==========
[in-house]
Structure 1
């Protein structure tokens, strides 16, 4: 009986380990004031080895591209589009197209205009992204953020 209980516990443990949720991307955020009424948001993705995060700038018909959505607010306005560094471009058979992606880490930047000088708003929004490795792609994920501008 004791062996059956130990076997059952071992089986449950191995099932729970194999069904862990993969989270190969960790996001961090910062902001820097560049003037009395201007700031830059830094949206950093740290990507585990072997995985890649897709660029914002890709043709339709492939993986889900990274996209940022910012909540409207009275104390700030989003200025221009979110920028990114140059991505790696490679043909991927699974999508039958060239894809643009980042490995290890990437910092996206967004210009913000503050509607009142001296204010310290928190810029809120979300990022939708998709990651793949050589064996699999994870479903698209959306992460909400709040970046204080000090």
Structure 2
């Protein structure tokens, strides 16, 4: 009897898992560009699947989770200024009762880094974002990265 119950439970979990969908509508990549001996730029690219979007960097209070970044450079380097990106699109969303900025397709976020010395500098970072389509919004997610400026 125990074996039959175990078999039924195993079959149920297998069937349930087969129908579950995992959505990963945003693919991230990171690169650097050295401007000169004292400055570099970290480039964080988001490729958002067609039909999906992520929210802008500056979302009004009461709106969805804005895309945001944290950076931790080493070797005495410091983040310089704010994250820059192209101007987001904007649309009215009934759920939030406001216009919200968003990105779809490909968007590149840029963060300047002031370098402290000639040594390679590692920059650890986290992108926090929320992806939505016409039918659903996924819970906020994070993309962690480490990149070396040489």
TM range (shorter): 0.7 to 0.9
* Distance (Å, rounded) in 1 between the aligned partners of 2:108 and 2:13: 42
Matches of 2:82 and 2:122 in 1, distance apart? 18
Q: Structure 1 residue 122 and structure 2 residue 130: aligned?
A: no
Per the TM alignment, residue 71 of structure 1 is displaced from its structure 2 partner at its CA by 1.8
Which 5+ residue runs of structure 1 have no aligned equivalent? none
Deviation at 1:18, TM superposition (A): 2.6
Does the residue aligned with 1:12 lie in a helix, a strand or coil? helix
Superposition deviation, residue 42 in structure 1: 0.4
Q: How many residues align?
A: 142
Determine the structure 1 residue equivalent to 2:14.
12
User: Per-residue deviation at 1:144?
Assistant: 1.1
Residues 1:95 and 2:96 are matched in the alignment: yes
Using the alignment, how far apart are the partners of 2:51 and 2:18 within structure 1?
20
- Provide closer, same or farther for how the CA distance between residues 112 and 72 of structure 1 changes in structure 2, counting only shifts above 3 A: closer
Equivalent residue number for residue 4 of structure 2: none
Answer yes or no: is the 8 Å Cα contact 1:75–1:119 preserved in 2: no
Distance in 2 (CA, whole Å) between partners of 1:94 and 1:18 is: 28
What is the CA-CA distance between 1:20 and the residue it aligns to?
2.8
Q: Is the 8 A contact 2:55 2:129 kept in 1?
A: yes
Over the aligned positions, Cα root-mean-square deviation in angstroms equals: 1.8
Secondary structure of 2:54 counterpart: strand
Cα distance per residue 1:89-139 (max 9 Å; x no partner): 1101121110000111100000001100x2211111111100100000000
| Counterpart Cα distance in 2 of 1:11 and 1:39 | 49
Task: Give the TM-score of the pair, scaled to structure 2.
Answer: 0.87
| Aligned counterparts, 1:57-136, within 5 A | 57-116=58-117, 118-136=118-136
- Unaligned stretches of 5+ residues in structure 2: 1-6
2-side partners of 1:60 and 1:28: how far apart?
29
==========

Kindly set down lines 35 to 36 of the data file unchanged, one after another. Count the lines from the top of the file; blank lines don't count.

Cα distance per residue 1:89-139 (max 9 Å; x no partner): 1101121110000111100000001100x2211111111100100000000
| Counterpart Cα distance in 2 of 1:11 and 1:39 | 49